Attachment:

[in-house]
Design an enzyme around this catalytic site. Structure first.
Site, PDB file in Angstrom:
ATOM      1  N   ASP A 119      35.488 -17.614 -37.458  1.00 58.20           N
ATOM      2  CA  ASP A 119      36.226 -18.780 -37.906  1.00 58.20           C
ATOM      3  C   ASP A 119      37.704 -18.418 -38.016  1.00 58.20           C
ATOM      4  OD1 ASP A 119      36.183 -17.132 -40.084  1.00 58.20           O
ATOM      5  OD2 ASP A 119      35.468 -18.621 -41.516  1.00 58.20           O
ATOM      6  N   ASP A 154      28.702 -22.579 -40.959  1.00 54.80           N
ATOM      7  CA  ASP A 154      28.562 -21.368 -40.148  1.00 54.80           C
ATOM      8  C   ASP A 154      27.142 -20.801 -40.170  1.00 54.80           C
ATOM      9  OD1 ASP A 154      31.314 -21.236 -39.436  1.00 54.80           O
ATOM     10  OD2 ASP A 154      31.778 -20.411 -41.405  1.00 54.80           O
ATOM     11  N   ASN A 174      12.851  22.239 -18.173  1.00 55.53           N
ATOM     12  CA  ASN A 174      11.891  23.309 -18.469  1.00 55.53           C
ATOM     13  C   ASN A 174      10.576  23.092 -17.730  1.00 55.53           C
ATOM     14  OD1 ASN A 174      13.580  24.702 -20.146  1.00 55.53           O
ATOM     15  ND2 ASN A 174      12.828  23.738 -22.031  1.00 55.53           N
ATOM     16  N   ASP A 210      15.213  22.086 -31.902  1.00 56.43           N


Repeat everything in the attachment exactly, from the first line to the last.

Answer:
[in-house]
Design an enzyme around this catalytic site. Structure first.
Site, PDB file in Angstrom:
ATOM      1  N   ASP A 119      35.488 -17.614 -37.458  1.00 58.20           N
ATOM      2  CA  ASP A 119      36.226 -18.780 -37.906  1.00 58.20           C
ATOM      3  C   ASP A 119      37.704 -18.418 -38.016  1.00 58.20           C
ATOM      4  OD1 ASP A 119      36.183 -17.132 -40.084  1.00 58.20           O
ATOM      5  OD2 ASP A 119      35.468 -18.621 -41.516  1.00 58.20           O
ATOM      6  N   ASP A 154      28.702 -22.579 -40.959  1.00 54.80           N
ATOM      7  CA  ASP A 154      28.562 -21.368 -40.148  1.00 54.80           C
ATOM      8  C   ASP A 154      27.142 -20.801 -40.170  1.00 54.80           C
ATOM      9  OD1 ASP A 154      31.314 -21.236 -39.436  1.00 54.80           O
ATOM     10  OD2 ASP A 154      31.778 -20.411 -41.405  1.00 54.80           O
ATOM     11  N   ASN A 174      12.851  22.239 -18.173  1.00 55.53           N
ATOM     12  CA  ASN A 174      11.891  23.309 -18.469  1.00 55.53           C
ATOM     13  C   ASN A 174      10.576  23.092 -17.730  1.00 55.53           C
ATOM     14  OD1 ASN A 174      13.580  24.702 -20.146  1.00 55.53           O
ATOM     15  ND2 ASN A 174      12.828  23.738 -22.031  1.00 55.53           N
ATOM     16  N   ASP A 210      15.213  22.086 -31.902  1.00 56.43           N